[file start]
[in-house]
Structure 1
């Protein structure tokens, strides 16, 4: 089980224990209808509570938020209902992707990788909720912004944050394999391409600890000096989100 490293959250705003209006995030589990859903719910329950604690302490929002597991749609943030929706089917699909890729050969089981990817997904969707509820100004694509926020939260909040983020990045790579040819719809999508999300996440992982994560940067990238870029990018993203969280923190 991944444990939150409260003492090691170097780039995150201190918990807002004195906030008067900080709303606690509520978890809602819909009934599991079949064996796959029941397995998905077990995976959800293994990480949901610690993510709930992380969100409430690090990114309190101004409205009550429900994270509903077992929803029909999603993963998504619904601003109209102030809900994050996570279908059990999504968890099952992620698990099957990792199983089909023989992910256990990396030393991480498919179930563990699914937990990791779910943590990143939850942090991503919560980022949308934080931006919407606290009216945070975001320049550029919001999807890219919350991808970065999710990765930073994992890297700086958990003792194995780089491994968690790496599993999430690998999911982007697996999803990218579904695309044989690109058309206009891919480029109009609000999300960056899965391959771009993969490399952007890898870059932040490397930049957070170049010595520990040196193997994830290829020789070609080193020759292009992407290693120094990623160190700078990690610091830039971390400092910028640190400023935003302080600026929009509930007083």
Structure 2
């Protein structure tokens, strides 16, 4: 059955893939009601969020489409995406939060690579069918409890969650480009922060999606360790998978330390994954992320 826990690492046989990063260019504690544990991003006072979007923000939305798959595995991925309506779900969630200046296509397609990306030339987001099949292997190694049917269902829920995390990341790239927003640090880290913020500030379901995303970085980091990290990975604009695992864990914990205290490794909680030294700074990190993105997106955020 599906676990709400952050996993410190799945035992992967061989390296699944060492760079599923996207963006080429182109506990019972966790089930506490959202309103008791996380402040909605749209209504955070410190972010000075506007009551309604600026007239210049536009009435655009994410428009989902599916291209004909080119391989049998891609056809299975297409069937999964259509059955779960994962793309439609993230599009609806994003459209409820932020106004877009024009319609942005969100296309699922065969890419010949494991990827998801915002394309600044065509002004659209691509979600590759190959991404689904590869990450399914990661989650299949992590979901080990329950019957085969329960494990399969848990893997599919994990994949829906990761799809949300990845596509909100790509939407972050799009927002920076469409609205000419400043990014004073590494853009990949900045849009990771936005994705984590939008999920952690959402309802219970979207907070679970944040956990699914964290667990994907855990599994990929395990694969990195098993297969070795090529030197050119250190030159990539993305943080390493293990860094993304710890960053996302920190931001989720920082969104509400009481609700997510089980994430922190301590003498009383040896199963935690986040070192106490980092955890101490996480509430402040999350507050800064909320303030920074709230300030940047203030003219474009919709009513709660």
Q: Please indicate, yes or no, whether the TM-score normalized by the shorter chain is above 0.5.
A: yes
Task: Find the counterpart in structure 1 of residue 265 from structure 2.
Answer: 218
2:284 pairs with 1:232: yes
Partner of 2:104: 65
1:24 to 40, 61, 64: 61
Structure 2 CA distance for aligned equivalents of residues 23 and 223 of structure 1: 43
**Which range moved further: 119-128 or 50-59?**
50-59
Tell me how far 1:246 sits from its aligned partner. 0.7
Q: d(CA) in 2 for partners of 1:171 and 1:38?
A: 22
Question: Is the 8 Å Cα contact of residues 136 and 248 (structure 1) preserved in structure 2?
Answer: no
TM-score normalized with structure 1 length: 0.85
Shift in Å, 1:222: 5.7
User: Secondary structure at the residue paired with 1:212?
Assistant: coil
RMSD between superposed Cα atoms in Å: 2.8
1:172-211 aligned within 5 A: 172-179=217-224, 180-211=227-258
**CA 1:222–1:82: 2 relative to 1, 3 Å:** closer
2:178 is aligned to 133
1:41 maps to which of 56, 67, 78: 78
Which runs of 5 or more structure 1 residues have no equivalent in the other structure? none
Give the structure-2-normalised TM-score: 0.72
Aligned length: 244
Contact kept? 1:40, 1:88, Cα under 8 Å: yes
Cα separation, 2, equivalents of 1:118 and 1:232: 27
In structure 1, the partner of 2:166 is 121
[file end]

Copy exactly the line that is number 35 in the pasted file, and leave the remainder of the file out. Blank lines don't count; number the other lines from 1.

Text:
In structure 1, the partner of 2:166 is 121